4. Well Don, to answer your question as to whether I was on the train, the answer is “no”, because I, like you, was standing on the St Clair Ave. Station platform (the one between the tracks) taking a picture. My slide is a “farther back” image than yours of GO 9861-CN 3112-3113-3114-GO 9859 passing the station. My going away picture includes an ONR Polar Bear Service baggage car and coach, with the last shot of Onakawana on the tail end. The Upper Canada Railway Society partnered with the Ontario Government in operating the excursion, and helped to advertise the trip and sell tickets. Being a UCRS Member, I received notice of the trip. After the ship’s christening, apparently the excursion passengers were bussed back to Toronto because of the derailment of one of the CN “3100’s” that you mentioned. But according to a log of UCRS diesel trips maintained by long term UCRS member Dave Spaulding and published in an article written jointly with Bob Sandusky for the Society’s Newsletter, the reason given is given as stated by MrDan, so can’t confirm for sure what happened, other than the passengers returning by bus. And Dave reported Premier Davis was in the ONR business car, not the Lieutenant-Governor as I stated. Will try and find out more from some old UCRS members. John

  5. There’s a brief mention about this trip in a fantrip summary written by Bob Sandusky for a UCRS newsletter. Other than what was mentioned before about it being a government special (with Premier Bill Davis in attendance for the event), apparently it didn’t go beyond Craigleith because a sticking brake on a GO APCU caused flat wheels. No mention of the outcome after.

  6. Thanks for the detailed information railwayguy!! I took the picture myself. (The other two are really crappy) At that time I was working for CN and must have had advance information regarding this train. I would not normally had ventured out on such a rainy day, but the opportunity for something different could not be passed. Were you on the train?? And can you confirm the rumor that one or more of the 3100s derailed as they were running around the train and the guests had to be bussed back to Toronto? Thanks again for the very detailed information regarding this unusual train. Don Jaworski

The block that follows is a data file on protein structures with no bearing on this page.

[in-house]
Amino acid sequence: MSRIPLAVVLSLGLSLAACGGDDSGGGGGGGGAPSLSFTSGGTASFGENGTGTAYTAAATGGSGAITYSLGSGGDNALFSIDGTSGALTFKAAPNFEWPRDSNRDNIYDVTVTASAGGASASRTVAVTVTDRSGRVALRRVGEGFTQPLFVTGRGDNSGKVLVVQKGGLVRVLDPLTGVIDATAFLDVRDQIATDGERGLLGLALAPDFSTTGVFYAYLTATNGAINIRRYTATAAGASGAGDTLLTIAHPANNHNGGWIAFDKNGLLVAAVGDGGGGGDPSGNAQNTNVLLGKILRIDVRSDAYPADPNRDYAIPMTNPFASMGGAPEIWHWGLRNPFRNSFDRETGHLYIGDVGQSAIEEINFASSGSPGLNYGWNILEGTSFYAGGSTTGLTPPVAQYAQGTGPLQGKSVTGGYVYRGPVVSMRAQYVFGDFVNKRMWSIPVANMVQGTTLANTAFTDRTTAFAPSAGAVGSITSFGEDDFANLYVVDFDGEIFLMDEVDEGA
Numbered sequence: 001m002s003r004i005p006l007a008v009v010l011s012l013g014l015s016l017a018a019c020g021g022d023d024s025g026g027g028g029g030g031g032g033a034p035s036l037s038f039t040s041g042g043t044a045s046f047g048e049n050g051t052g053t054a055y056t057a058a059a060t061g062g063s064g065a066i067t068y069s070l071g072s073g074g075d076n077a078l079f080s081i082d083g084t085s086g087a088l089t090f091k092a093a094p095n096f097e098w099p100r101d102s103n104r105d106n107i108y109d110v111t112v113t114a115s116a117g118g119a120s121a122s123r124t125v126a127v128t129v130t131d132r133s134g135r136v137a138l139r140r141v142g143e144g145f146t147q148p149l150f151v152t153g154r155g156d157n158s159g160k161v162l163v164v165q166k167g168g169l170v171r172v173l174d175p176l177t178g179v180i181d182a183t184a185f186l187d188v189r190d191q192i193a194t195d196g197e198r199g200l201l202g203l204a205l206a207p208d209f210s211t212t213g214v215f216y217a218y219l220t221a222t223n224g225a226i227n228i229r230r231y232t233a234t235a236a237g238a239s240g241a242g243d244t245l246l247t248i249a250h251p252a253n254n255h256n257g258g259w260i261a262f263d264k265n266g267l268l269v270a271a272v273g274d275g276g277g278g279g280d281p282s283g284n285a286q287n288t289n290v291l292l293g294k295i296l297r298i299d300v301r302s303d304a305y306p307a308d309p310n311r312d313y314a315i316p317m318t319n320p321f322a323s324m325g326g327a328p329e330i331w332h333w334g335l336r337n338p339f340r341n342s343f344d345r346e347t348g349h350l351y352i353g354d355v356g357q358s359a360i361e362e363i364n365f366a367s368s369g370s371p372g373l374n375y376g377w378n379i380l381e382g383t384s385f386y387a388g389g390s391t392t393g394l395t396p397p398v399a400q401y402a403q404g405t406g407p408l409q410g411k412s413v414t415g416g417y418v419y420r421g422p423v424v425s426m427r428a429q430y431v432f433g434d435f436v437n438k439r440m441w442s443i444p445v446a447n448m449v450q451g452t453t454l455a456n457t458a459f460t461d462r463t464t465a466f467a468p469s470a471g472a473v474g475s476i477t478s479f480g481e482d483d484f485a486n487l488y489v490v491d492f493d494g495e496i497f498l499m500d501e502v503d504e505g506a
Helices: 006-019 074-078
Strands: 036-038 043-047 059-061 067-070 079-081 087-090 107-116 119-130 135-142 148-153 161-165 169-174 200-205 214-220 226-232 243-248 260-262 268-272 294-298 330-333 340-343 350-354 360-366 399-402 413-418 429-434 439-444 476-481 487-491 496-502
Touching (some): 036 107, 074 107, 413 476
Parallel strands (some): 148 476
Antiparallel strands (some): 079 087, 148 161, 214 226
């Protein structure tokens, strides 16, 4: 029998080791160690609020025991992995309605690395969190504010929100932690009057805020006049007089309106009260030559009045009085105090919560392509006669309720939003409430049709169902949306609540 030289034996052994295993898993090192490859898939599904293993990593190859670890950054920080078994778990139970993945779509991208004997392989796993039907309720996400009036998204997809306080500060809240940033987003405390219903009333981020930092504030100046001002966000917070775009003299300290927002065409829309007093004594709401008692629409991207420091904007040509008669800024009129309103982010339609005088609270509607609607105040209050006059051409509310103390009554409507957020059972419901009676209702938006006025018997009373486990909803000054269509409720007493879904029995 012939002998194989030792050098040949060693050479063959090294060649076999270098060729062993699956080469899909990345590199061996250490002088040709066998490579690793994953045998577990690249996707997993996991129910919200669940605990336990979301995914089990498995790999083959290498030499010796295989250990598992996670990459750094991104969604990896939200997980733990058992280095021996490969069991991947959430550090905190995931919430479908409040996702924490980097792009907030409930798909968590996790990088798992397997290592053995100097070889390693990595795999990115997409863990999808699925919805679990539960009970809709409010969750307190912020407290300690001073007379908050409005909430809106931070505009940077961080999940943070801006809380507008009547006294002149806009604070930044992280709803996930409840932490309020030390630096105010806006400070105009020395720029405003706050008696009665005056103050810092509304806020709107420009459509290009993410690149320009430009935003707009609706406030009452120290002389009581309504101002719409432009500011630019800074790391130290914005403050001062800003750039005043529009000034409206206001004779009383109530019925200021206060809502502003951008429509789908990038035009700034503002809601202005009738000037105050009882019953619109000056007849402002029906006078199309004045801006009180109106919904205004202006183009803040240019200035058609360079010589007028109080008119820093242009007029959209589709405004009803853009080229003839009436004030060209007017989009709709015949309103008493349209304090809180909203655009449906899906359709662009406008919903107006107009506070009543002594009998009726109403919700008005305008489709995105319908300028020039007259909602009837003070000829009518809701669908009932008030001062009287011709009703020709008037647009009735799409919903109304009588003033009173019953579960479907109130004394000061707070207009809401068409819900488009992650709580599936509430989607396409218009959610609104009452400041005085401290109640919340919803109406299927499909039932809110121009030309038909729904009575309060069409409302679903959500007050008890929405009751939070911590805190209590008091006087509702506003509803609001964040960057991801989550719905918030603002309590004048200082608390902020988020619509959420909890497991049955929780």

7. It was a rainy, cool overcast day at CN’s St Clair Ave Station notwithstanding being June 15/74. The train was organized by the Province of Ontario to carry guests, ONT officials, and VIPs’ to the christening of the new Manitoulin Island ferry “Chi-Cheemaun” which had been launched at the Collingwood Ship Yard on Jan 12/74. The Ontario government used ONR coaches, augmented by some from CN, and on the tail end was the ONR business car no. 400 “Onakawana”. I believe the Lieutenant-Governor was travelling in the business car to officiate at the ship’s christening and public was invited to purchase tickets to travel to Collingwood and attend the christening ceremony. To make the Ontario Government train look more like “Ontario”, the 2 GO APU units (non-powered) bracketed 3 CN MLW RS-18 “3100” series road switchers for power and as said a CN steam generator car behind the 2nd APU to provide heat for the train. The APUs were along for direction. Who was the photographer ?

  8. Thanks. My question answered about the GO Fs before I got to asking.:o) But what a marvelous photo!! As I like to say; the “best” trains on the lousiest days.

  9. This looks very bizarre. I would not have believed it happened without this photo.The F units were likely there for show. They were only capable of providing HEP when they were rebuilt for GO service

  10. Marcus, thanks for the comment.

    The GO units were not powered; they were on this train simply for show as it was a government trip promoting something in Midland. The CN RS-18s were the power for the train and as the cars were a mix of older Ontario Northland and Canadian National cars the SGU was along to provide heat. The GO units were at both ends of the power so that they could lead in both directions. Really they were not needed at all as they were just along for the show!

  11. Never realized those F units were powered when GO had them. I thought they were simply for head end power. Very interesting photo.